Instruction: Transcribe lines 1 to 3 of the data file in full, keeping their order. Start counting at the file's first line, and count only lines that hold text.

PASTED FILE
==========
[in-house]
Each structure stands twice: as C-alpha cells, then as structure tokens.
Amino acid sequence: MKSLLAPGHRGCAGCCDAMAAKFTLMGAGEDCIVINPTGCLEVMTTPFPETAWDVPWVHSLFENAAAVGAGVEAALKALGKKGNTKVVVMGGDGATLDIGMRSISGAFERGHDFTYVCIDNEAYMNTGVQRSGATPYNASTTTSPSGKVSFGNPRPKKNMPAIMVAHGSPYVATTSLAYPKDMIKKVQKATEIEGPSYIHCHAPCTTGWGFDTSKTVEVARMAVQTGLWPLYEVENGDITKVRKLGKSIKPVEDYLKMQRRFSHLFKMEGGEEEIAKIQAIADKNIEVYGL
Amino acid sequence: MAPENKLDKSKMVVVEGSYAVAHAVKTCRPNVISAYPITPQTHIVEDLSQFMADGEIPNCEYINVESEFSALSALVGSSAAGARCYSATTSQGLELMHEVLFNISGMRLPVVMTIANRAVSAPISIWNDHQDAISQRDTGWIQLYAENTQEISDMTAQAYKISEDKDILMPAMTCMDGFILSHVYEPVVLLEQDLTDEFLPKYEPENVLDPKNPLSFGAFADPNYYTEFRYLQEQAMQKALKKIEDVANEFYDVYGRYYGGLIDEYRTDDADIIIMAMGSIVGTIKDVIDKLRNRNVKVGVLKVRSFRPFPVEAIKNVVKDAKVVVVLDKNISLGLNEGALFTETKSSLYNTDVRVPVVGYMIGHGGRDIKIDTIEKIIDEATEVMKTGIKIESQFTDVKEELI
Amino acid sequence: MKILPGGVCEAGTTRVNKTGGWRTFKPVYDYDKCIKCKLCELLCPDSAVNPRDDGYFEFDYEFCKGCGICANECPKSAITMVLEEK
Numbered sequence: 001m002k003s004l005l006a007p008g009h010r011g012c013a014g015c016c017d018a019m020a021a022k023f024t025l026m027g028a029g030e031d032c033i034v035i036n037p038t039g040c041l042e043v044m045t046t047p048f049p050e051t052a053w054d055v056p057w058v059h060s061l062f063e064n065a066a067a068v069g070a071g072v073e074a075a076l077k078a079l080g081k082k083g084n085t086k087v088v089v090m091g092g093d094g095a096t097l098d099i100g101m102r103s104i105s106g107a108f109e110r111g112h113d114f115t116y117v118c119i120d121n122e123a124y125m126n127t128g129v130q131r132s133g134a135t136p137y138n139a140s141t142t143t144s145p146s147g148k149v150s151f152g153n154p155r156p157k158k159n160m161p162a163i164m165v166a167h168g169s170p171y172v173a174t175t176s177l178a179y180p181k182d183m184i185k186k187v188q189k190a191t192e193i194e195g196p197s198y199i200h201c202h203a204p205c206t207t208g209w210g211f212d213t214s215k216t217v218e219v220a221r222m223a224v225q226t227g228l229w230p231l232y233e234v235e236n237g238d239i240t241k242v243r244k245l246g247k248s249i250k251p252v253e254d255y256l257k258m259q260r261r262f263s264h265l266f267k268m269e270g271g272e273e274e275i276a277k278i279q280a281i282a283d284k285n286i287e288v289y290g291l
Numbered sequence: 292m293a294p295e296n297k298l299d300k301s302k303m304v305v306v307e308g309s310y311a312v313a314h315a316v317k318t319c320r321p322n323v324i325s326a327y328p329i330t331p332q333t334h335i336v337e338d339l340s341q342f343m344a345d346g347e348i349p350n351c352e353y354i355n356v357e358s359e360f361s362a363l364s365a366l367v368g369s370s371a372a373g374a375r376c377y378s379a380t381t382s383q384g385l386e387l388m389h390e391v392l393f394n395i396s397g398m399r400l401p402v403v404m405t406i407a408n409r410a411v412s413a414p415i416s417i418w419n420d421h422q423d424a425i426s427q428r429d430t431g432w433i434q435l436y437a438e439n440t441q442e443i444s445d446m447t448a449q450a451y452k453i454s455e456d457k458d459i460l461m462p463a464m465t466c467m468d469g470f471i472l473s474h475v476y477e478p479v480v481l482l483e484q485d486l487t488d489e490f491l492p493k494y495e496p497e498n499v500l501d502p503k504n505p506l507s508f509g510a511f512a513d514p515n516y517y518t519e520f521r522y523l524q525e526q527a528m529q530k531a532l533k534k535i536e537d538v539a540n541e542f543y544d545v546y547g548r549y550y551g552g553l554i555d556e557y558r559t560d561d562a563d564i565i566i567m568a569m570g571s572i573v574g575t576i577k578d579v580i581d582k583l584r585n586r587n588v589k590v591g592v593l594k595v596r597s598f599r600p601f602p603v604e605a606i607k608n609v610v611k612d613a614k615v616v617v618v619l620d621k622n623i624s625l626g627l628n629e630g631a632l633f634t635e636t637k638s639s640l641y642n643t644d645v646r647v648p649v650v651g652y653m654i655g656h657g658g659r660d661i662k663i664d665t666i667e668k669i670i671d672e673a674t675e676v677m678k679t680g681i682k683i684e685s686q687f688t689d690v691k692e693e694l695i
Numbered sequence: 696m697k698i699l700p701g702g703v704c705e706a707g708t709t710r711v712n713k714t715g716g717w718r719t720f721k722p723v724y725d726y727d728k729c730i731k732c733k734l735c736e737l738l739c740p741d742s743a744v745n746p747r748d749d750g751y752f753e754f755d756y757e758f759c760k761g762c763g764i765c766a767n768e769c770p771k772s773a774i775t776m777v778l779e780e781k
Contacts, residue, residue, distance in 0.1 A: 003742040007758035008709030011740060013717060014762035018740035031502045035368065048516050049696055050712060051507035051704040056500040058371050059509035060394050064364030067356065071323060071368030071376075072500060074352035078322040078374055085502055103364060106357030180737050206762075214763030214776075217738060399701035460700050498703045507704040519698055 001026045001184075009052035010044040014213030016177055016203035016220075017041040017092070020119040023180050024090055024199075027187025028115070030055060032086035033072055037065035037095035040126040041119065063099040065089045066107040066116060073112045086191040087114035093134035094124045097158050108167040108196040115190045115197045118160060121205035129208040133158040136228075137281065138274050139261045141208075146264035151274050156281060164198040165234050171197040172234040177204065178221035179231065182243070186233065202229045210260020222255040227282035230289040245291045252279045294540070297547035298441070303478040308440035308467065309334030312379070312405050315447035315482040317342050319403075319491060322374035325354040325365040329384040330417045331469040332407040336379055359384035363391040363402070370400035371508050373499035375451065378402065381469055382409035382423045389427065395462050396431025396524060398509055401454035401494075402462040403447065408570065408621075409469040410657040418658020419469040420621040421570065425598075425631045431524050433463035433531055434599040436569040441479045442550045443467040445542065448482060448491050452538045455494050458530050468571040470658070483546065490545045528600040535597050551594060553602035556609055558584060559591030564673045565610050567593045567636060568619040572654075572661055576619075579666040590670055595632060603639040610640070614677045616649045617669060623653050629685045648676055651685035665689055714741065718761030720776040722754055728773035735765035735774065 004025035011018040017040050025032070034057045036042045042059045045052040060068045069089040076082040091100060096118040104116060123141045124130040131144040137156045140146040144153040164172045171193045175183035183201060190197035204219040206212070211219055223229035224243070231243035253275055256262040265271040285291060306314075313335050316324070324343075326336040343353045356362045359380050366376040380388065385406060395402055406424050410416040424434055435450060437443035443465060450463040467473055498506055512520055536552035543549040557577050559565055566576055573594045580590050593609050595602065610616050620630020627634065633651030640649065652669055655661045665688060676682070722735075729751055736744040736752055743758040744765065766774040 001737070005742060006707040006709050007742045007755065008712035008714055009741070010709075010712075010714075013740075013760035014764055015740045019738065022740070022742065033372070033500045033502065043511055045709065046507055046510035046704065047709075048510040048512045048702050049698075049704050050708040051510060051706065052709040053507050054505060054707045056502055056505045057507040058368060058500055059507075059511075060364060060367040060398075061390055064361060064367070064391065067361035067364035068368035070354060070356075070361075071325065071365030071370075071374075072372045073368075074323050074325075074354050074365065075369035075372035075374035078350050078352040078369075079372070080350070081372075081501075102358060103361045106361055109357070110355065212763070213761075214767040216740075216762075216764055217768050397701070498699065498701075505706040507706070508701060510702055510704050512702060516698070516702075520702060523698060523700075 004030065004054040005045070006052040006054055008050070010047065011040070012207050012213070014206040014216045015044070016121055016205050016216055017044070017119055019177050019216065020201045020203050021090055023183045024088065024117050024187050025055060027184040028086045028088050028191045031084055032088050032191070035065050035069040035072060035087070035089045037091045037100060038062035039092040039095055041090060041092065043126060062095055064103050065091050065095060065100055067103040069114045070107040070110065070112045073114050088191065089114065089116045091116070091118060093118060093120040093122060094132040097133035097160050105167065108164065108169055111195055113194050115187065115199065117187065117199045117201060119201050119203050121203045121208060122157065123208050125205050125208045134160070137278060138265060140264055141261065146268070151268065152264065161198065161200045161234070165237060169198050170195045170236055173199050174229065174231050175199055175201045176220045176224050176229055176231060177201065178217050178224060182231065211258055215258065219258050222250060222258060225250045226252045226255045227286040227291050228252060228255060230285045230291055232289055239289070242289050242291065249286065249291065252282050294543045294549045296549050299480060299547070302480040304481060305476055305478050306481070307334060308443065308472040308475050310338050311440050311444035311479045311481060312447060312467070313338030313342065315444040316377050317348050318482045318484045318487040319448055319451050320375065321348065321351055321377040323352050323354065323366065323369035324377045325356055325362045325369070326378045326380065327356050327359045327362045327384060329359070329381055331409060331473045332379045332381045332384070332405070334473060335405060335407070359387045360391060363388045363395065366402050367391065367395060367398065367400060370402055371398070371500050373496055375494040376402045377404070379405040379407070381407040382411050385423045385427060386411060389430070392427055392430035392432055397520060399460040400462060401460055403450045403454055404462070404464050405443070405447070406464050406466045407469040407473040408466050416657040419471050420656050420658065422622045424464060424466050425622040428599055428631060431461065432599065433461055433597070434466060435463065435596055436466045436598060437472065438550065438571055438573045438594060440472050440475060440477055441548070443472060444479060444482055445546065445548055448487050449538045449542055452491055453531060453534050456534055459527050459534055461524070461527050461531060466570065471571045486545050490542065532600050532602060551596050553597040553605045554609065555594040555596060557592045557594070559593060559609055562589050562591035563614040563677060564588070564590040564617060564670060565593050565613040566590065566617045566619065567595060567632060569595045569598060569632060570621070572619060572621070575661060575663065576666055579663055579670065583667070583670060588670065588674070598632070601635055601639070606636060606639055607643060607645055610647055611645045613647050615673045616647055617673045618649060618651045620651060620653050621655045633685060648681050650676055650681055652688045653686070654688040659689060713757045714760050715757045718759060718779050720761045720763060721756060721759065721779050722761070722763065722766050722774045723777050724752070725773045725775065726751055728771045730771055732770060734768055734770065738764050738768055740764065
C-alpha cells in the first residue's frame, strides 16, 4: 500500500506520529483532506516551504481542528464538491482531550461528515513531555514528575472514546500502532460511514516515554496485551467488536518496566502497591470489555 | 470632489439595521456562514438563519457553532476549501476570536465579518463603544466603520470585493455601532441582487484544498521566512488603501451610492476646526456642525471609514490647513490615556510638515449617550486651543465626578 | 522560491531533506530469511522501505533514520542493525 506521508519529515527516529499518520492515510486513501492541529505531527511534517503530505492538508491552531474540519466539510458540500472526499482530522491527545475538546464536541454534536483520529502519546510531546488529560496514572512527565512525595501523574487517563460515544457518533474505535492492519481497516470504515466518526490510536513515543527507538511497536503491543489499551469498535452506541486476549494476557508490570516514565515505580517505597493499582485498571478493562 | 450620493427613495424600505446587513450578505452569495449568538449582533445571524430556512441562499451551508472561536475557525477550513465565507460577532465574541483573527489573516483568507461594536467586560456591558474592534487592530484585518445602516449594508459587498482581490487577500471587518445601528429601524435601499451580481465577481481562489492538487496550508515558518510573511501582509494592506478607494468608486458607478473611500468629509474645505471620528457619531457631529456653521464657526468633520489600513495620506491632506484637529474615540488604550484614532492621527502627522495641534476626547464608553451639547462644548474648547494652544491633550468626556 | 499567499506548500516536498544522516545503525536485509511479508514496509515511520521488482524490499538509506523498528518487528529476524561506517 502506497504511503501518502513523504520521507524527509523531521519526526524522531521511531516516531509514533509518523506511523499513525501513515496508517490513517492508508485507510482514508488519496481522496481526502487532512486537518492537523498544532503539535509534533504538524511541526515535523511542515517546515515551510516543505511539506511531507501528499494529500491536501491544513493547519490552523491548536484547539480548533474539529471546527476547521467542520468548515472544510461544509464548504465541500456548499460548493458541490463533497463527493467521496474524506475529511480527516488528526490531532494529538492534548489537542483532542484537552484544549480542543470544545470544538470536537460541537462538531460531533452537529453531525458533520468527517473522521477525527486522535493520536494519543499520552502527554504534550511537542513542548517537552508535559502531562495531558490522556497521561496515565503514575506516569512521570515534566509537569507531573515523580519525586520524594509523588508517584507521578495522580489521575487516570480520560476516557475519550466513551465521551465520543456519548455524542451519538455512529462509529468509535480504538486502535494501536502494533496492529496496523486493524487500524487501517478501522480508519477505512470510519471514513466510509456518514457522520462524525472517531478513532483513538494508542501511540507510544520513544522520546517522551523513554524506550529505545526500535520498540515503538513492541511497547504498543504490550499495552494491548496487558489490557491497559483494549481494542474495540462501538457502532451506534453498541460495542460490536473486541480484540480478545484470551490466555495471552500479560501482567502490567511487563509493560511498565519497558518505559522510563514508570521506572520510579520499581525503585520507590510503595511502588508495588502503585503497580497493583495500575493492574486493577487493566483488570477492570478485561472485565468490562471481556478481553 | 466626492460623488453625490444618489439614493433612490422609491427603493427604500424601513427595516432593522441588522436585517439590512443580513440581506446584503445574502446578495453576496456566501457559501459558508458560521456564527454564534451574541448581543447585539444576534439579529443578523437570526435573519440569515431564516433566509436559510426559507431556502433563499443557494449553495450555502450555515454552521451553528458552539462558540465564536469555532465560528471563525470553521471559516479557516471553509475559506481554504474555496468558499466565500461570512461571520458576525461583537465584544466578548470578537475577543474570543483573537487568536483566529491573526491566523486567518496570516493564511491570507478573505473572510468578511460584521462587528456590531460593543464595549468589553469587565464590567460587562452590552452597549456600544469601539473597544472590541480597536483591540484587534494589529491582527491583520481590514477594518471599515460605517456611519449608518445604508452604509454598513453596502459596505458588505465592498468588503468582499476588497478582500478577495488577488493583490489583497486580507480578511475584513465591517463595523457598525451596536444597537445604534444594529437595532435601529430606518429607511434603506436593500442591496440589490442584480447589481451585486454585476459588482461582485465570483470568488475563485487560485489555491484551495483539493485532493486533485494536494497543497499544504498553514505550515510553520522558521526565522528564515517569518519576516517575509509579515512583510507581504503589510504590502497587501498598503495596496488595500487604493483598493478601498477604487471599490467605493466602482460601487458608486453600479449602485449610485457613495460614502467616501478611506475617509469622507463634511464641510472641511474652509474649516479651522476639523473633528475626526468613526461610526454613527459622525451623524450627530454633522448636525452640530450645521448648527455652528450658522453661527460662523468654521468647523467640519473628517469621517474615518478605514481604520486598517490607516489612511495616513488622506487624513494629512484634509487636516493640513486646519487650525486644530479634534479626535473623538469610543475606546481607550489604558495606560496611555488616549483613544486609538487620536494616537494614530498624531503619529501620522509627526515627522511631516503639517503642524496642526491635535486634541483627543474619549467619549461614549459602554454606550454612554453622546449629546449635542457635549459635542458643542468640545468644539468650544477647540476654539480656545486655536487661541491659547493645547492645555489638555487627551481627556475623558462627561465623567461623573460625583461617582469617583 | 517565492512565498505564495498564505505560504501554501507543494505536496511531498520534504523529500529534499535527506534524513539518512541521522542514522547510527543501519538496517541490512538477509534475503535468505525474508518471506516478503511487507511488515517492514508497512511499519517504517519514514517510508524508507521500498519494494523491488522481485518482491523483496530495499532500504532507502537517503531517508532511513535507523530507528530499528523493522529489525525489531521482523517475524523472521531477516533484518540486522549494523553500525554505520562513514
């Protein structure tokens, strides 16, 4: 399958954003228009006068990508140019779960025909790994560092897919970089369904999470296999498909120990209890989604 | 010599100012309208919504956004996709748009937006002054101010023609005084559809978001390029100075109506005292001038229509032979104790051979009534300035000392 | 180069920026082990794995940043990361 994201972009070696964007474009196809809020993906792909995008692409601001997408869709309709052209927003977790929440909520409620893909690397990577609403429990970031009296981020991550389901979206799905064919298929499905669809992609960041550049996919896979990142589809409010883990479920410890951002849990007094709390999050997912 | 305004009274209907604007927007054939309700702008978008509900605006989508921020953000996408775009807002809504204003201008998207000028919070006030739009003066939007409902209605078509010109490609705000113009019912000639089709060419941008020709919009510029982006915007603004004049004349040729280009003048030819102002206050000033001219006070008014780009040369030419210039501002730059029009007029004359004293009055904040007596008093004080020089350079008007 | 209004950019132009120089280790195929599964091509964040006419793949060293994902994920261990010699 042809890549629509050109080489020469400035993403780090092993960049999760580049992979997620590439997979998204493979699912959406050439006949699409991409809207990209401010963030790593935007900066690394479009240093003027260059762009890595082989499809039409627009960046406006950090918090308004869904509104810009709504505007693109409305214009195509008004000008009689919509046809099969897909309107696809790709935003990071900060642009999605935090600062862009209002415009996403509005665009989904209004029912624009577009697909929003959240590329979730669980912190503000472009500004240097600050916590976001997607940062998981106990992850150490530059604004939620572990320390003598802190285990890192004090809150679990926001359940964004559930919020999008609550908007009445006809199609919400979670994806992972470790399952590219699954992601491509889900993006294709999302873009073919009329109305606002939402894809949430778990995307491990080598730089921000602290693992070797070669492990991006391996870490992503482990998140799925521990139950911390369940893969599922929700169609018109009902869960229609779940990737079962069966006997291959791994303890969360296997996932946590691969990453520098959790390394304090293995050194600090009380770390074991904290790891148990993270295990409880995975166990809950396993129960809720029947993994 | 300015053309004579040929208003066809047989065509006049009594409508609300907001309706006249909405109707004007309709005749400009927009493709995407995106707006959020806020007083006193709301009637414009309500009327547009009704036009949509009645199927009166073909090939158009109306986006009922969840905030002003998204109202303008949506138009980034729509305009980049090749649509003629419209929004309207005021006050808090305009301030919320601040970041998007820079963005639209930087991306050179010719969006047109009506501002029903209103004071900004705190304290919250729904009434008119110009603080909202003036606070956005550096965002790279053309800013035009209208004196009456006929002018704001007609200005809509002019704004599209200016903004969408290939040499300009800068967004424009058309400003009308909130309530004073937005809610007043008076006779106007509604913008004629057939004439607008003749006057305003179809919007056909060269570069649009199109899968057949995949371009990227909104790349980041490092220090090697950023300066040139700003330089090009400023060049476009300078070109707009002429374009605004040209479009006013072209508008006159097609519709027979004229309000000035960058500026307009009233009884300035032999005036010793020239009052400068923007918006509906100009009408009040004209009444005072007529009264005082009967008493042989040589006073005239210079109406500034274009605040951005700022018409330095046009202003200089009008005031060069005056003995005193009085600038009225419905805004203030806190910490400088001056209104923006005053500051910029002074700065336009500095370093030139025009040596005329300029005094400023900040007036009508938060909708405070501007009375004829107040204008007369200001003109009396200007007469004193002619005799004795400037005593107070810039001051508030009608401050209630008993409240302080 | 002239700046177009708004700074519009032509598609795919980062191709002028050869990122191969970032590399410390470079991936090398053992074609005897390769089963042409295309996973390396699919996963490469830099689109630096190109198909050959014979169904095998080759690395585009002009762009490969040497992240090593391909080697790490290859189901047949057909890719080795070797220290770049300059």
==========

[in-house]
Each structure stands twice: as C-alpha cells, then as structure tokens.
Amino acid sequence: MKSLLAPGHRGCAGCCDAMAAKFTLMGAGEDCIVINPTGCLEVMTTPFPETAWDVPWVHSLFENAAAVGAGVEAALKALGKKGNTKVVVMGGDGATLDIGMRSISGAFERGHDFTYVCIDNEAYMNTGVQRSGATPYNASTTTSPSGKVSFGNPRPKKNMPAIMVAHGSPYVATTSLAYPKDMIKKVQKATEIEGPSYIHCHAPCTTGWGFDTSKTVEVARMAVQTGLWPLYEVENGDITKVRKLGKSIKPVEDYLKMQRRFSHLFKMEGGEEEIAKIQAIADKNIEVYGL